Sunday, August 13, 2006
U.S. Pushed Britain Into Exposing Airline Plot Early
The U.S. pushed the British government into initiating the arrests of suspects, thus publicly revealing the "Airline Plot" sooner than British anti-terror officials wanted, according to NBC.
The British felt that it would have been better to wait and continue to surveil the suspects to expose more of their co-conspirators in the plot.
NBC News has learned that U.S. and British authorities had a significant disagreement over when to move in on the suspects in the alleged plot to bring down trans-Atlantic airliners bound for the United States.
A senior British official knowledgeable about the case said British police were planning to continue to run surveillance for at least another week to try to obtain more evidence, while American officials pressured them to arrest the suspects sooner. The official spoke on condition of anonymity due to the sensitivity of the case.
In contrast to previous reports, the official suggested an attack was not imminent, saying the suspects had not yet purchased any airline tickets. In fact, some did not even have passports.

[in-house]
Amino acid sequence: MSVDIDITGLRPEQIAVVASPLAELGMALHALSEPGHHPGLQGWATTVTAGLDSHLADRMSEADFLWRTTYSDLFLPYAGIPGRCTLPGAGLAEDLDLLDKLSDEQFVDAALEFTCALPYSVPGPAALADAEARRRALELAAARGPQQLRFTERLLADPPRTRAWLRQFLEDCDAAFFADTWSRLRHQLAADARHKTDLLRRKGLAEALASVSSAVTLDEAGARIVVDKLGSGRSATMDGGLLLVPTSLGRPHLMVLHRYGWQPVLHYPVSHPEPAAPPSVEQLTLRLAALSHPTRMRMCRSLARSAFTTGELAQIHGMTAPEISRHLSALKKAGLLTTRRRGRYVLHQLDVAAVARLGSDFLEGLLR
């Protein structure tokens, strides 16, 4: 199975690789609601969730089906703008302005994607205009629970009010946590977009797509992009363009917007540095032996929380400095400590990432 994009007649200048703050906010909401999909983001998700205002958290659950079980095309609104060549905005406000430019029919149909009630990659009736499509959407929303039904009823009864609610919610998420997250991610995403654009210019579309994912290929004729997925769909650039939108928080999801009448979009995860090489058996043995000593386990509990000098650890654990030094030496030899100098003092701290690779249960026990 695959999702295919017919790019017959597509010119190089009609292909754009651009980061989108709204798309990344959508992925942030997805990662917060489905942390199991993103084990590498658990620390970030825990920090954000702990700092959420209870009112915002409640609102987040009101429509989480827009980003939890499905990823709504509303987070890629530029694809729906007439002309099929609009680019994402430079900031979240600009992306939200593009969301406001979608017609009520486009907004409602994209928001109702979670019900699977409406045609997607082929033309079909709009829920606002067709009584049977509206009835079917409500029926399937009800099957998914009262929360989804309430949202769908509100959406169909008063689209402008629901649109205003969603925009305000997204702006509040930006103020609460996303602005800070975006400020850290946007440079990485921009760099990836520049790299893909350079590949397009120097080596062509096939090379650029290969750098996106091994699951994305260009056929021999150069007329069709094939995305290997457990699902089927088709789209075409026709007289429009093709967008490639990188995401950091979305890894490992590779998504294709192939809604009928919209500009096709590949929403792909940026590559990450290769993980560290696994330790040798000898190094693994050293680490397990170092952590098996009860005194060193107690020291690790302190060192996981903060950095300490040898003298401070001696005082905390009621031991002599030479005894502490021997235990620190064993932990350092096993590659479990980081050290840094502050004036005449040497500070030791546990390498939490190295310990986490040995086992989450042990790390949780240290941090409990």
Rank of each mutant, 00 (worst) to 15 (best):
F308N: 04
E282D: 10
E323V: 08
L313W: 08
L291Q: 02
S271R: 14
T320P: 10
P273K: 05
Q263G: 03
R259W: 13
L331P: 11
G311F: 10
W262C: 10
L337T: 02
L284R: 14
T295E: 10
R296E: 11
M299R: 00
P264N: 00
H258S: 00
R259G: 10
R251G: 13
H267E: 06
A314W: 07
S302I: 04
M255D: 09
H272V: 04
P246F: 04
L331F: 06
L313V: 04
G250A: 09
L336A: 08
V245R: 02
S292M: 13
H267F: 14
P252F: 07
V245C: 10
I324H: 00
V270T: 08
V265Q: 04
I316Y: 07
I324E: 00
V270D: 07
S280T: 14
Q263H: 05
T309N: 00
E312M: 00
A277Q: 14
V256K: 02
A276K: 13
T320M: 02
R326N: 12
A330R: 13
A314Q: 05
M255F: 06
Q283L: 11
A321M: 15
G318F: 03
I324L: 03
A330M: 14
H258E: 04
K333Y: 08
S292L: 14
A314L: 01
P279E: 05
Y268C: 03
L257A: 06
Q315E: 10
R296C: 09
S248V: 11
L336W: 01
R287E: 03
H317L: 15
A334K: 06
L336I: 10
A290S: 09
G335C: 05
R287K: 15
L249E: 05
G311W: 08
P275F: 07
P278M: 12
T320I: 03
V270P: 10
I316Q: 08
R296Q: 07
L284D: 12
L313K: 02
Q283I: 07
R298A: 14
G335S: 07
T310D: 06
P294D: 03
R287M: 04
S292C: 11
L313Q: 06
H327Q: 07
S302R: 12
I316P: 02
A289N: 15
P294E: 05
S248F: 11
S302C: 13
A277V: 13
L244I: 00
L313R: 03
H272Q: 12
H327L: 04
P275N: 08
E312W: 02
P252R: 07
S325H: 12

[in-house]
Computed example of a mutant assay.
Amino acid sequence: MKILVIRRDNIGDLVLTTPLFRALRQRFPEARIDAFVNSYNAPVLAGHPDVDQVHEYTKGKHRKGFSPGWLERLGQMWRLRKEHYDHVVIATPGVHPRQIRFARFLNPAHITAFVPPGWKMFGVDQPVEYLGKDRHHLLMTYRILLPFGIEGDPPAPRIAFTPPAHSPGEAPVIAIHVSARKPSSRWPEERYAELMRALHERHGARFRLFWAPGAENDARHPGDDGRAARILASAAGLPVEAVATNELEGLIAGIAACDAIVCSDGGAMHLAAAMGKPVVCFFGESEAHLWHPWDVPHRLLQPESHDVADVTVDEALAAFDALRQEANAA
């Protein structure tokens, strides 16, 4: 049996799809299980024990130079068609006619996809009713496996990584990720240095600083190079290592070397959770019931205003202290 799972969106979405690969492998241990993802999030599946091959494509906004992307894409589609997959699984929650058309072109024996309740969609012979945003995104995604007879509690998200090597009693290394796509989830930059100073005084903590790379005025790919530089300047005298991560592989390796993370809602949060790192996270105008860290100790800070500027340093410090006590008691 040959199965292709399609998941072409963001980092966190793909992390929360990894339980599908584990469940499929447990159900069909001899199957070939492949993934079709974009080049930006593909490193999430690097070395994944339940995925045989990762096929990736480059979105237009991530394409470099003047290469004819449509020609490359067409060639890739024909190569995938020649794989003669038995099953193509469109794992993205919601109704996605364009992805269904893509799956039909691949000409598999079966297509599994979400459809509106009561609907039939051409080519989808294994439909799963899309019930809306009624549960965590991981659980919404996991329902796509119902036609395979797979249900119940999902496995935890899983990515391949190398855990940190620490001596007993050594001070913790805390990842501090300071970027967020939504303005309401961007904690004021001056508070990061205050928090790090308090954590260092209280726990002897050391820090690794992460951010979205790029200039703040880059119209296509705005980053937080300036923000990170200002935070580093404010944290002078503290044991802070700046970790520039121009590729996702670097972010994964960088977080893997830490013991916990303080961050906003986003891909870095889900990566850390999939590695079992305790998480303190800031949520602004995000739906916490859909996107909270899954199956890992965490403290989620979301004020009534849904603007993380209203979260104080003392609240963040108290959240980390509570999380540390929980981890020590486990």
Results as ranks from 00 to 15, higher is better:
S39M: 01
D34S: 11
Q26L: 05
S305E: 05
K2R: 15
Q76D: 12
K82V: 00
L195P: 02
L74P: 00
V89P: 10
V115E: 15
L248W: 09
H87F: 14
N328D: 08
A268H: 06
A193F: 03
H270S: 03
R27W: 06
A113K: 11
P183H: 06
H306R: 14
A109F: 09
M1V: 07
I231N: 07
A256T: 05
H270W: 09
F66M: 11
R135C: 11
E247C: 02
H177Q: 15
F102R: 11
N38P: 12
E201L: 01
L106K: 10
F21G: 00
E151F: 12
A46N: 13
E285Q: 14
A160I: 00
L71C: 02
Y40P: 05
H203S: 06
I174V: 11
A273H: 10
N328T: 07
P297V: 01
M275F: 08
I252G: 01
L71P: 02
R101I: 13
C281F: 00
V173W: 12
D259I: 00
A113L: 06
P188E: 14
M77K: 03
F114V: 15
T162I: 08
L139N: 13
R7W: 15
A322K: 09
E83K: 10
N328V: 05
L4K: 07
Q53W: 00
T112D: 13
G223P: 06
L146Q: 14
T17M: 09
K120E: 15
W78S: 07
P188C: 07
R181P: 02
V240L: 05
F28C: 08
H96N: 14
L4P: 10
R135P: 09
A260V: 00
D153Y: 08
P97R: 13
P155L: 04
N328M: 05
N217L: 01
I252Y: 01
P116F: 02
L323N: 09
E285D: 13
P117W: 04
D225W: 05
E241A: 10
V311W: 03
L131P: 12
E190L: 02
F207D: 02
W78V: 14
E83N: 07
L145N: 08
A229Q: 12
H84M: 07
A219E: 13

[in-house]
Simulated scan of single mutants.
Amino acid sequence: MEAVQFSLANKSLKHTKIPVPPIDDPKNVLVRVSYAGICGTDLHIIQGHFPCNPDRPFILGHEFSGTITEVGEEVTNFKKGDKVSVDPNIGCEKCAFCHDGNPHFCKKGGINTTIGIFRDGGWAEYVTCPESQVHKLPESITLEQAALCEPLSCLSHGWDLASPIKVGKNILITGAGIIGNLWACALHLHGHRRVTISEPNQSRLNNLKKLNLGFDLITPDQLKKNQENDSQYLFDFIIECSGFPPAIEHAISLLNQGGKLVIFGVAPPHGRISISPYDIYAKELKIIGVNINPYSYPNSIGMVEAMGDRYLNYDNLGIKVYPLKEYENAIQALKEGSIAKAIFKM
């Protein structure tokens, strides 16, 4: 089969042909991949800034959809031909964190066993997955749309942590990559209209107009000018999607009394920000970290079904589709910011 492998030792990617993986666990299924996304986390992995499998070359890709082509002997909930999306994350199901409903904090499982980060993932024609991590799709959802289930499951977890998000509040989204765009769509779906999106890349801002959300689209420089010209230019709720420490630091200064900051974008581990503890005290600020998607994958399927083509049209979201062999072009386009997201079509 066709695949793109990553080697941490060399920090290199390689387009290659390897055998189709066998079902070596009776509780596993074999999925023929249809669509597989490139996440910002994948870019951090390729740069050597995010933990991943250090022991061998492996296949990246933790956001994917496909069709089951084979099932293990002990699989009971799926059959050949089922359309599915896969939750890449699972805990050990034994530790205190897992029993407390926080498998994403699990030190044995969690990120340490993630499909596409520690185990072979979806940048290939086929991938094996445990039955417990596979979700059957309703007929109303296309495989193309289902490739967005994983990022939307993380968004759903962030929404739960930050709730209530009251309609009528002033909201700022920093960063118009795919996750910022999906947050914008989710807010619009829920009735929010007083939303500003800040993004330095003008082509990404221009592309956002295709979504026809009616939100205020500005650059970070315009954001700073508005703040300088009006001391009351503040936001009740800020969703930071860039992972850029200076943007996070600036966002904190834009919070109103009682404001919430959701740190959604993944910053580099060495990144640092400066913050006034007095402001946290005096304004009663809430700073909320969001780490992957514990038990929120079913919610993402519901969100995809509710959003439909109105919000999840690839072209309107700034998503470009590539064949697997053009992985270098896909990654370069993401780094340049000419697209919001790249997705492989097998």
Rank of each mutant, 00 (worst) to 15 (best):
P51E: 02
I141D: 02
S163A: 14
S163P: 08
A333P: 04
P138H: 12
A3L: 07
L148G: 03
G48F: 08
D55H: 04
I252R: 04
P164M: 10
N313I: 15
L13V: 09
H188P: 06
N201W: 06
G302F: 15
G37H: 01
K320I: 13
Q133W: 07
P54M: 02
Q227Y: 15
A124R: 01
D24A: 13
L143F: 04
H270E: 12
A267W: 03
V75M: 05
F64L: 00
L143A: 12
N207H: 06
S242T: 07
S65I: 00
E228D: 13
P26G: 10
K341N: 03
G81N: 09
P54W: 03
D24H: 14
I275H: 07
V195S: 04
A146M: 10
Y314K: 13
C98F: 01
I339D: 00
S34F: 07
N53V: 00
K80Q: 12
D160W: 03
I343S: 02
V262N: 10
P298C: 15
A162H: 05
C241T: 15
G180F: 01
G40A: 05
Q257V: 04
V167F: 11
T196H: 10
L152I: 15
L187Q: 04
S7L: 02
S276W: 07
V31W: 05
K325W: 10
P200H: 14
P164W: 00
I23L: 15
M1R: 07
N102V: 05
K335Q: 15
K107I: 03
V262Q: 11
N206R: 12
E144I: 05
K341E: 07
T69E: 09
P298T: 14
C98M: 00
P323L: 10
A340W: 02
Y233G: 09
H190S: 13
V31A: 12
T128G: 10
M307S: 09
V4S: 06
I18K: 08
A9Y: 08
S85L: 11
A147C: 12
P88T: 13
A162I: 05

The source did say, however, that police believe one U.K.-based suspect was ready to conduct a "dry run." British authorities had wanted to let him go forward with part of the plan, but the Americans balked.
How odd. The "one U.K.-based suspect" would have likely met with people in the U.S. who are in on the plot. But the U.S. apparently didn't want such persons detected.
The British official said the Americans also argued over the timing of the arrest of suspected ringleader Rashid Rauf in Pakistan, warning that if he was not taken into custody immediately, the U.S. would "render" him or pressure the Pakistani government to arrest him...
Ultimately, this official says, Rauf was arrested over the objections of the British.